TULSA - A man questioned by police for suspicious activity Saturday told officers he was hired by Tulsa mayoral candidate Kathy Taylor's office to follow her opponent Dewey Bartlett.
A police field interview report details the run-in with a Norman man, who witnesses reported seeing sitting inside his car parked outside the current mayor's home for the past several days.
The 23-year-old admitted to tracking Bartlett's movements, telling officers he had been in the Tulsa area monitoring the candidate for roughly one to two weeks on behalf of Taylor's campaign.
The man went further, describing his job as the documentation and recording of Bartlett's comings and goings, but said he was unaware he was doing anything wrong.
Officers also found a camera tripod, according to the report, but found no other evidence pointing to surveillance. He said the camera was used for general events.
The man was not arrested.
Taylor released the following statement Monday afternoon regarding the incident:
"As the police noted, our young campaign intern was doing absolutely nothing of concern and was completely legal. He was honest when asked what he was doing. If Ms. Brown felt concerned, I certainly empathize with that and of course apologize if we contributed to that concern. I do understand with the increase in crime in our city, that we must all be aware of our surroundings and I thank her for bringing this concern to my attention and to our police.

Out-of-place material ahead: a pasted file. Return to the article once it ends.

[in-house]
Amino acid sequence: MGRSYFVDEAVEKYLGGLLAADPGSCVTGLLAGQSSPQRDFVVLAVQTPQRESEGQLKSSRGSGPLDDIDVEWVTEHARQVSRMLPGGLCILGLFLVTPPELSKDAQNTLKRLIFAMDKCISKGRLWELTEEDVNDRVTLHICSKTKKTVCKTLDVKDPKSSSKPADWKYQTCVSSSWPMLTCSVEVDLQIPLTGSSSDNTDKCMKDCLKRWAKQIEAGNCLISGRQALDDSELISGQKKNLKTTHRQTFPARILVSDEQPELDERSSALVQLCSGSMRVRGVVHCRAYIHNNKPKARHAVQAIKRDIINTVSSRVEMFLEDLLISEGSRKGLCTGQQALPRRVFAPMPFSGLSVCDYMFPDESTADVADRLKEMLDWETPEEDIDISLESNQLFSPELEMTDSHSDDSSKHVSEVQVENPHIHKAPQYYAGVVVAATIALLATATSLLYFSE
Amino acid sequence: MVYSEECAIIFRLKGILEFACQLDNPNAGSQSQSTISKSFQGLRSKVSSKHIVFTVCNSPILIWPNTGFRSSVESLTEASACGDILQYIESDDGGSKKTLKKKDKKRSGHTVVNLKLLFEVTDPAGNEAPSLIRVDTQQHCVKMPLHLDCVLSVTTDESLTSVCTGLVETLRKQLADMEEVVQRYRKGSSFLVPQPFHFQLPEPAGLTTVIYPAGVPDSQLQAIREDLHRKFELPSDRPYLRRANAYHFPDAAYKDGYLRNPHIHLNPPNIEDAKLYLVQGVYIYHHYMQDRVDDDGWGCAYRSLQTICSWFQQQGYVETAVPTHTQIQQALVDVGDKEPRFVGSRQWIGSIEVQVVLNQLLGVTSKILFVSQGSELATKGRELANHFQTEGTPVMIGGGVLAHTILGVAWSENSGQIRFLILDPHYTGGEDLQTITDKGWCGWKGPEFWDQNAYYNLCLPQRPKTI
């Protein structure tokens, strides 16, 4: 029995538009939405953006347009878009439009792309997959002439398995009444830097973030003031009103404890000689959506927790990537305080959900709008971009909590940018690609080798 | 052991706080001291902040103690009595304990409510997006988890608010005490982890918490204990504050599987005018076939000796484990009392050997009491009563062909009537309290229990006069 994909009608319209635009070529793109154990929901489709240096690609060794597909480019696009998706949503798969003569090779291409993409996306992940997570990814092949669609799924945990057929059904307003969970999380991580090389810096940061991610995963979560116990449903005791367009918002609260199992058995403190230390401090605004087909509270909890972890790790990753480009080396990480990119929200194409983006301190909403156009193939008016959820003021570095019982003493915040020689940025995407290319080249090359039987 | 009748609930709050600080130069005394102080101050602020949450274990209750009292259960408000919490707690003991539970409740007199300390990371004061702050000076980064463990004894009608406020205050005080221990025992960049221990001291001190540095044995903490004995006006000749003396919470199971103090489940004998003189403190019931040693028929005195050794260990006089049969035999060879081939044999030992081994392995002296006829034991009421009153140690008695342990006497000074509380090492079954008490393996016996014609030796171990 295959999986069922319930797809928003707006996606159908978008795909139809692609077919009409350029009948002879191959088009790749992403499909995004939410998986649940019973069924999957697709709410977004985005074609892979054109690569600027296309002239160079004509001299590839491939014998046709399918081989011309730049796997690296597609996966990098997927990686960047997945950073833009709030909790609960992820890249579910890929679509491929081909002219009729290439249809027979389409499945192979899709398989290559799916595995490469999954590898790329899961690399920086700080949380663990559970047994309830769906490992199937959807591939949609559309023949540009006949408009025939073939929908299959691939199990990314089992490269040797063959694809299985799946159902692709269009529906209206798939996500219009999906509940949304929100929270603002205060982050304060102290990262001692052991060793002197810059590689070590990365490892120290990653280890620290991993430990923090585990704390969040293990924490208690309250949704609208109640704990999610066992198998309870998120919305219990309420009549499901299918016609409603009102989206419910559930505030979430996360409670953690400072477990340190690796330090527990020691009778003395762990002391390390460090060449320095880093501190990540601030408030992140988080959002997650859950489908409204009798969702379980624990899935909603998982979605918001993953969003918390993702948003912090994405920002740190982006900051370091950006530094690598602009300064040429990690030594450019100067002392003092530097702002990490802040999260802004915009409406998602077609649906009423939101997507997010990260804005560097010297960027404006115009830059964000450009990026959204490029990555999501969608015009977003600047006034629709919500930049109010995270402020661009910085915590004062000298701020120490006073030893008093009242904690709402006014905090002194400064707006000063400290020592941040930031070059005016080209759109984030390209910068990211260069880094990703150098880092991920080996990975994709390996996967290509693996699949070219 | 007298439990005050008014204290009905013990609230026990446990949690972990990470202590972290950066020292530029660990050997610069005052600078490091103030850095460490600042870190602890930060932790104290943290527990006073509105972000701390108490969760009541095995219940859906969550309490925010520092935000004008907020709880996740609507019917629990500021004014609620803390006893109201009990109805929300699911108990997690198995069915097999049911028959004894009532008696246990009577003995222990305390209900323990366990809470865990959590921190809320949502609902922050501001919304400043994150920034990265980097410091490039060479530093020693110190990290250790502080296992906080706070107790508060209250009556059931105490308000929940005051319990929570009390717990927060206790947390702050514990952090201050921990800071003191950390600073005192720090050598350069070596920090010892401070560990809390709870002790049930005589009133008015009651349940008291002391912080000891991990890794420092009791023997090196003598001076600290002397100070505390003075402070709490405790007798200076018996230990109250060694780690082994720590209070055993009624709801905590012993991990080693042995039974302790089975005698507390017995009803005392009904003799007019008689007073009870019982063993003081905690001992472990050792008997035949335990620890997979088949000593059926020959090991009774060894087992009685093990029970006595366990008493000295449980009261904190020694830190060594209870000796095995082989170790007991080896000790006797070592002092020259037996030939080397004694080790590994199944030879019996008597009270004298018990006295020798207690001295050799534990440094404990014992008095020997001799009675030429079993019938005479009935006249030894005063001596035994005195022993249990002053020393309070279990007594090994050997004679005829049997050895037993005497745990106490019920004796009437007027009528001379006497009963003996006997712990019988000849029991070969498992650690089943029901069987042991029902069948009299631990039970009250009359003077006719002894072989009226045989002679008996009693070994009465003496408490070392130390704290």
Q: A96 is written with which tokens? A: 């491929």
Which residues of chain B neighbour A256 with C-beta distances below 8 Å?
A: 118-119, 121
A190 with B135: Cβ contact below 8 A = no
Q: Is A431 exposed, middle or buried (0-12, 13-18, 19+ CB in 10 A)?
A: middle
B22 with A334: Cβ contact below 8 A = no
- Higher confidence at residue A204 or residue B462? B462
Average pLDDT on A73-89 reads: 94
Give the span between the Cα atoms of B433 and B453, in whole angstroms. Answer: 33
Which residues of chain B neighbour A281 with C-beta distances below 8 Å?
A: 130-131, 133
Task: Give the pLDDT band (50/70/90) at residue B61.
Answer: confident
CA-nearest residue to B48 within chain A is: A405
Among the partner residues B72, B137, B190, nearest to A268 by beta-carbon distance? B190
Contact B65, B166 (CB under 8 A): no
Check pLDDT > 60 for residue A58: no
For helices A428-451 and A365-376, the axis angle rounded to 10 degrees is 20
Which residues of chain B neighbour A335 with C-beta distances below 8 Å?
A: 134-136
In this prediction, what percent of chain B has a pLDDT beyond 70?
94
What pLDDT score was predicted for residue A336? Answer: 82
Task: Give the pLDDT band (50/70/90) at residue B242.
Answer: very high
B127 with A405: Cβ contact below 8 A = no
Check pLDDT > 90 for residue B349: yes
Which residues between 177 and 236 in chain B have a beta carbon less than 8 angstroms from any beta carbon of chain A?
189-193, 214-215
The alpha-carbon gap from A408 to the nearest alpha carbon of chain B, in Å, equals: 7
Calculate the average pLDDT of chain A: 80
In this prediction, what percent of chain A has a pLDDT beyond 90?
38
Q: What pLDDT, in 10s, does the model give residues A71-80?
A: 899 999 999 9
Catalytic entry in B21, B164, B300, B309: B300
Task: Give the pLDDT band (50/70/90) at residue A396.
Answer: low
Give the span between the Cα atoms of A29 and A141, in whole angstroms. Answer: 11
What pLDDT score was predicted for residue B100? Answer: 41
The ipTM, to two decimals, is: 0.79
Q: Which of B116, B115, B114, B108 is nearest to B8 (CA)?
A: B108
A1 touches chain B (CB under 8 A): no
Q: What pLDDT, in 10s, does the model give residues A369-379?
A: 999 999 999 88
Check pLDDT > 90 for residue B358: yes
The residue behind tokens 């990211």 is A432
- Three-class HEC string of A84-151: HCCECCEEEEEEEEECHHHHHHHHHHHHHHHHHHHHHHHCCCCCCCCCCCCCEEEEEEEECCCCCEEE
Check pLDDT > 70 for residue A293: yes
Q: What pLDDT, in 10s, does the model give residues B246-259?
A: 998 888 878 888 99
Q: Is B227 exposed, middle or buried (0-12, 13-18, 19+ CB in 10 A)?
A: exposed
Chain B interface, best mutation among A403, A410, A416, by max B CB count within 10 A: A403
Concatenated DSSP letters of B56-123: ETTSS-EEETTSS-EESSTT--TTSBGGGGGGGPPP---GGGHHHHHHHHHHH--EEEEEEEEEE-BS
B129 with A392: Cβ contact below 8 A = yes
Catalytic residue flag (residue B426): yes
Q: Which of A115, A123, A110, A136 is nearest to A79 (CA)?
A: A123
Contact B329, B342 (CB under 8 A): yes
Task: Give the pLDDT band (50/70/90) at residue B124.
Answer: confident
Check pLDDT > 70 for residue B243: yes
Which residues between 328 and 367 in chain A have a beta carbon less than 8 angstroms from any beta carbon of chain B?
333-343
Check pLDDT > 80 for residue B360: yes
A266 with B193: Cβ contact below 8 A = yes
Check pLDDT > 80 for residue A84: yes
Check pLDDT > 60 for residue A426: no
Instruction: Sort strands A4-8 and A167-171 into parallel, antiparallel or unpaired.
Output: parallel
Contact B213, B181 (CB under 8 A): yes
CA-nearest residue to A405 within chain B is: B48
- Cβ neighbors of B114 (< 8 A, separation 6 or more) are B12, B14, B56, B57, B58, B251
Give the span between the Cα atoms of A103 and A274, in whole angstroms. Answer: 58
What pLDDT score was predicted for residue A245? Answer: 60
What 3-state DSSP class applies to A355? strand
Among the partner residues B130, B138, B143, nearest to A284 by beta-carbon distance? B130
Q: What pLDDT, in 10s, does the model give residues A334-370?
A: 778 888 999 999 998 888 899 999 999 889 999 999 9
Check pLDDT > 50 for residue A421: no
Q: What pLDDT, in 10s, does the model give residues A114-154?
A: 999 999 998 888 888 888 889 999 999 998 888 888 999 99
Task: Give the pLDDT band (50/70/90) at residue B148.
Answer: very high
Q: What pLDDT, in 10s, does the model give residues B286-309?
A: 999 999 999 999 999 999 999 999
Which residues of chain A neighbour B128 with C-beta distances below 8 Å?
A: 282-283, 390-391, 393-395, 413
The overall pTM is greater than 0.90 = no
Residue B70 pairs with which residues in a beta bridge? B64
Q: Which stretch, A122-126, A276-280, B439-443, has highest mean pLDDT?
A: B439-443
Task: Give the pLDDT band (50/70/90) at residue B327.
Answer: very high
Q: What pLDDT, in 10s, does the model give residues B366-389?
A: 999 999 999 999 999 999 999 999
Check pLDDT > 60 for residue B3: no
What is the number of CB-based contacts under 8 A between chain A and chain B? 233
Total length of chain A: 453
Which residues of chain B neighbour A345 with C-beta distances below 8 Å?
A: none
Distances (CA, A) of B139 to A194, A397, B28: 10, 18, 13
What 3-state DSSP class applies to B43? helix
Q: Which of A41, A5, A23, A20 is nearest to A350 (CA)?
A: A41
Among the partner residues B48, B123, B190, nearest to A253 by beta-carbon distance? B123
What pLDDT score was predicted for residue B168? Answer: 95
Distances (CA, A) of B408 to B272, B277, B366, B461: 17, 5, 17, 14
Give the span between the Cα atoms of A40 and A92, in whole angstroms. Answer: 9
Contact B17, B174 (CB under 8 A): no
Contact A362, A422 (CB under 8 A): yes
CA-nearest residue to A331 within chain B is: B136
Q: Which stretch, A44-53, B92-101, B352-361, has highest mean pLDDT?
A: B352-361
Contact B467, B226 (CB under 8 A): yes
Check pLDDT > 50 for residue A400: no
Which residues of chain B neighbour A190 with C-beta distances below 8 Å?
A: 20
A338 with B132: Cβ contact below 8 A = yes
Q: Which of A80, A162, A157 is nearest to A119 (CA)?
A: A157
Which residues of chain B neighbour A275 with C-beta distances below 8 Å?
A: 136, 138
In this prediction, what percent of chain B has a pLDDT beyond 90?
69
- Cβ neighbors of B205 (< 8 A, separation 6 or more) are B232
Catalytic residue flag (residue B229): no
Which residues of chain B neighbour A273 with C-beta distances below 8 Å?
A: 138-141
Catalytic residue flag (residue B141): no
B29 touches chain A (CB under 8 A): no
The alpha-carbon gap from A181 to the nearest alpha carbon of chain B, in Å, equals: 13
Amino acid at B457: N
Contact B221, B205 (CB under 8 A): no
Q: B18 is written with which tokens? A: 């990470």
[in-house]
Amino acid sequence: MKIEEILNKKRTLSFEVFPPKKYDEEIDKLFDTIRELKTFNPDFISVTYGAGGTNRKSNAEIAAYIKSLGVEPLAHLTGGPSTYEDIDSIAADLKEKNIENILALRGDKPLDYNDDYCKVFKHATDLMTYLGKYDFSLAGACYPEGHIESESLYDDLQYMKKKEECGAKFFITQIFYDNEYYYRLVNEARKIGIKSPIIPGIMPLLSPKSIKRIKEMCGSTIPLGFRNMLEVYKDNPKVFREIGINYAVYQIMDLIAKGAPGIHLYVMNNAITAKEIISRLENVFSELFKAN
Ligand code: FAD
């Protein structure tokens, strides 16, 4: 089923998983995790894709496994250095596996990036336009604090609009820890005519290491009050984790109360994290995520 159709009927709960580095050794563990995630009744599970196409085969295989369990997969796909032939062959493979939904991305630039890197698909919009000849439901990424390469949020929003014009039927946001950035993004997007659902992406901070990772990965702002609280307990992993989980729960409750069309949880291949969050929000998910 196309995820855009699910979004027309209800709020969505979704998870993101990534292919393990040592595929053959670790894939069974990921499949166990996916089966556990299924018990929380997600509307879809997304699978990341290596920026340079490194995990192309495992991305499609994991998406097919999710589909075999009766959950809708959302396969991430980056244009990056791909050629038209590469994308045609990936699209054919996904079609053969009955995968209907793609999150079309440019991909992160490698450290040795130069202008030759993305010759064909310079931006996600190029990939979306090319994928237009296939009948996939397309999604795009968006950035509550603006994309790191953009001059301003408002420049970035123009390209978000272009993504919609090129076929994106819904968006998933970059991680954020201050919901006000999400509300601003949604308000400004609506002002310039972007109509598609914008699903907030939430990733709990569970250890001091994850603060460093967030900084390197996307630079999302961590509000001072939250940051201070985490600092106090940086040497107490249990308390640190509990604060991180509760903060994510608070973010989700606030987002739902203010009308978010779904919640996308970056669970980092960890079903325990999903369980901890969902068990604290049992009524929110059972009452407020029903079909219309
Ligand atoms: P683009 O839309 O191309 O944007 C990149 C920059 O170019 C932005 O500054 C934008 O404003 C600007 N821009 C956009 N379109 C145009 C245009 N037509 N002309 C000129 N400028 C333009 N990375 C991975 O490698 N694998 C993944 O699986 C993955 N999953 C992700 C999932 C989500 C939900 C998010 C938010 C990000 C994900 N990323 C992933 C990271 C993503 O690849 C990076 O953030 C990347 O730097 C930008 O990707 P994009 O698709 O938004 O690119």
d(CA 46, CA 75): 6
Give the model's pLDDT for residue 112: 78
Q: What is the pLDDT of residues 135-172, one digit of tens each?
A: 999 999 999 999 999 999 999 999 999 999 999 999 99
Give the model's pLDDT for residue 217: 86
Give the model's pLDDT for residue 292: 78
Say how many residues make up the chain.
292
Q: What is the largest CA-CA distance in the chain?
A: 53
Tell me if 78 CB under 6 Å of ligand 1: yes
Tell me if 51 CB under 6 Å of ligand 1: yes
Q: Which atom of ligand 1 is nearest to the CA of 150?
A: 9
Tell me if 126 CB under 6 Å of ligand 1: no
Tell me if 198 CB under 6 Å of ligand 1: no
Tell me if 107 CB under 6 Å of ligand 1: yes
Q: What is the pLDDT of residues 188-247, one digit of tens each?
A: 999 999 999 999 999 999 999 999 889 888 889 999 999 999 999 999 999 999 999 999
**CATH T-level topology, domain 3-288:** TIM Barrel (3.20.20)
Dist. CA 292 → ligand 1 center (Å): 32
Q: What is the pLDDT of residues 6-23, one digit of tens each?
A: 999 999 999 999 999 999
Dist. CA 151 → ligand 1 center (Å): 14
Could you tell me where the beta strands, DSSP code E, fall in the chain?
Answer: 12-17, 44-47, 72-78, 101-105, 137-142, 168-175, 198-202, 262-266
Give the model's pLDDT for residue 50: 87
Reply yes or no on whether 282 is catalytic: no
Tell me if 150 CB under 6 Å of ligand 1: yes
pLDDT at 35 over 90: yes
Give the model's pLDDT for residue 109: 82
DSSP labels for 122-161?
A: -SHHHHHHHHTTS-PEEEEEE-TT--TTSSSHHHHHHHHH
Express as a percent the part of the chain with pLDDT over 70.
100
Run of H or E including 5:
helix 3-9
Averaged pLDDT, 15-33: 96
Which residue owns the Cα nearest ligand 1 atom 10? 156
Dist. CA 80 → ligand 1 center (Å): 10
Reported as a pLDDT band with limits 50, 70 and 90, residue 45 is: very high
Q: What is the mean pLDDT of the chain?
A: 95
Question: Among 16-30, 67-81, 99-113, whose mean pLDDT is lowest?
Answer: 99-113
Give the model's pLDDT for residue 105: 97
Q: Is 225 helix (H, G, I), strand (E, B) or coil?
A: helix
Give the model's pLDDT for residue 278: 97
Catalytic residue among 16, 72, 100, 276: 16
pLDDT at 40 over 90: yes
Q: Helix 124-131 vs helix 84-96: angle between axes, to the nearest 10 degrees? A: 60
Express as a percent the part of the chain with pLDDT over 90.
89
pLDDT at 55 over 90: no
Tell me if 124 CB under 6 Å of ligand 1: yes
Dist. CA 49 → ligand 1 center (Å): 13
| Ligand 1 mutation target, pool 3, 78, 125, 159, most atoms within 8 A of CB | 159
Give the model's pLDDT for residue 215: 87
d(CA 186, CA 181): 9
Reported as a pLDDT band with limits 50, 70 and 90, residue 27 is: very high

I hope for the next eight days of this campaign, we talk about the issues facing Tulsa families—how we get back to the basics to make this a safe city that is transparent and accountable to Tulsans."
Late Monday night, Bartlett addressed the contents of the report, and called out Taylor for hiring someone he equated to a stalker.
"I understand that I am a public figure. My family understands that, but I also understand that this is not City Hall, this is my home," he said. "... There is a line to be drawn and Kathy Taylor has obviously gone over that line. This is not normal. This is not a normal course of events in any campaign."
The campaign has grown increasingly tense in recent days as the Nov. 12 election nears. Tulsa police announced last week the department had begun an investigation into an apparent threat against Taylor. Bartlett's camp later said the mayor had also received numerous threats.
RELATED: TPD looking into threats against Taylor (http://bit.ly/1aOtK8B)
Only weeks earlier, windows at the Lobeck Taylor Family Foundation, next to Taylor's campaign headquarters and an organization Taylor is a board member of, were found shot out.